For more information, visit www.skyshipsovercashiers.com.


Hear it firsthand

“Sky Ships and Cosmic Spirituality” will take place 6:30 p.m. Tuesday, July 13, at the Jackson County Senior Center, 100 County Services Park, Sylva.

Civil suit targeting Jackson sheriff fails

“The only reasonable verdict here is for Sheriff Ashe,” Patrick Flanagan told the jury. “He did not commit any wrongdoing here.”

The eight-person jury in the Bryson City federal courtroom agreed, taking slightly less than an hour to clear Jackson County Sheriff Jimmy Ashe on five complaints that alleged he used his position and influence to interfere with the business operations and free speech of David Finn, owner of Blue Ridge Public Safety. Blue Ridge Public Safety is a private security force hired by upscale developments in the greater Cashiers area to patrol their communities.

The case pitted two of Jackson County’s leading law enforcement officers against one another in the federal district courtroom of U.S. District Judge Martin Reidinger.

Finn’s lawyer, Frank Contrivo Jr., spent three days calling witnesses, reviewing subpoenaed phone records, and otherwise building the case against Sheriff Ashe.

Ashe’s lawyer, Patrick Flanagan took only a few hours to offer a defense.

His message was simple: The only evidence that Ashe had interfered with Finn’s contracts was circumstantial, and Ashe’s own testimony that he had not used his office to put Finn under duress was credible.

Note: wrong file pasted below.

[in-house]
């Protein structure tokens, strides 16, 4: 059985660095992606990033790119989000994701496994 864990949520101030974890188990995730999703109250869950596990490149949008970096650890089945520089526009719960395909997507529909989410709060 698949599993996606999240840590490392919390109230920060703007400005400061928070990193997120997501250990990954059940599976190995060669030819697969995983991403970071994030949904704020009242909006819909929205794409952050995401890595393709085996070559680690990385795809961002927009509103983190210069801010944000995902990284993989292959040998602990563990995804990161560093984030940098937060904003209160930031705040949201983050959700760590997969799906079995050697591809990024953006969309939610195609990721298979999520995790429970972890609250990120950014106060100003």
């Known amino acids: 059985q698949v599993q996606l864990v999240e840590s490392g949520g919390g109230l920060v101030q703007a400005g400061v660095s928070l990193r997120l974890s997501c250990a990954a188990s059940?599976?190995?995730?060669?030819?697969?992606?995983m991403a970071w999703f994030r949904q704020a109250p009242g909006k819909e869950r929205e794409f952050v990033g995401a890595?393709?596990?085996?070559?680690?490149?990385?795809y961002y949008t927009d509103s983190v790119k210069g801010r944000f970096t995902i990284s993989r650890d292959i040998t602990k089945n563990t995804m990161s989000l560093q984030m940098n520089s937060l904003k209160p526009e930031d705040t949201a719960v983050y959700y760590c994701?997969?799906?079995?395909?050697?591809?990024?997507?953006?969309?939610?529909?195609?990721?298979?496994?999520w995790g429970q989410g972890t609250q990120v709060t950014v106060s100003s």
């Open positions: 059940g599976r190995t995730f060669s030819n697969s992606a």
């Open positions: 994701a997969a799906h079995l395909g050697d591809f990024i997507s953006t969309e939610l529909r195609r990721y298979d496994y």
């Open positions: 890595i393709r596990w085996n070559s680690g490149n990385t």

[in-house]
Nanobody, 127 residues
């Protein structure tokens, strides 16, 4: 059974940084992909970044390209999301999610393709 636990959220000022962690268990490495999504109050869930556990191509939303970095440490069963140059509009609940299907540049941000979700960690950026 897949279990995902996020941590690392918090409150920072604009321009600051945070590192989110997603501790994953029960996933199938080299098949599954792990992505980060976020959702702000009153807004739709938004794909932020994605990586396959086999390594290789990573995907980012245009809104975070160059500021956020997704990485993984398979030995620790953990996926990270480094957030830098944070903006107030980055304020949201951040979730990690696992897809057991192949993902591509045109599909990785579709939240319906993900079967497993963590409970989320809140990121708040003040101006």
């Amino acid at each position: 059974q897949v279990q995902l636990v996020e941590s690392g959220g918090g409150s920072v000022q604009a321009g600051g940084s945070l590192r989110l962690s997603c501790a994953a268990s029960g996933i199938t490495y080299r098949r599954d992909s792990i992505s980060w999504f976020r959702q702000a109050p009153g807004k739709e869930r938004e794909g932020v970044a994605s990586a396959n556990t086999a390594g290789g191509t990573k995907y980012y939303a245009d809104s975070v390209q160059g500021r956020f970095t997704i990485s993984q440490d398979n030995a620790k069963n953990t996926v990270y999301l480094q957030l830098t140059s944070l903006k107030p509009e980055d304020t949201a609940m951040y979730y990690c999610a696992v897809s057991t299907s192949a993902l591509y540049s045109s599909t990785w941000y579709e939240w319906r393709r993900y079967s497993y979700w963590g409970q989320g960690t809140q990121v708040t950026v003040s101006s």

Finn first sued Ashe in 2007, accusing the sheriff of using his position to scuttle the sale of Blue Ridge Public Safety to an Asheville buyer named John Hale.

The complaints alleged that Ashe, working in concert with a lawyer for an influential group of Cashiers-area residents, inappropriately shared information that led to a slew of investigations into Finn’s business, which holds security and patrol contracts worth more than $1 million.

The day before Flanagan called his defense witnesses, Contrivo withdrew the leading claim driving the case thus far –– that Ashe had actively participated in ruining the sale of Blue Ridge Public Safety to John Hale for $1.5 million.

With that claim off the table, the case came down to whether Ashe interfered with six existing Blue Ridge Public Safety contracts and on whether he infringed on Finn’s First Amendment right to free speech.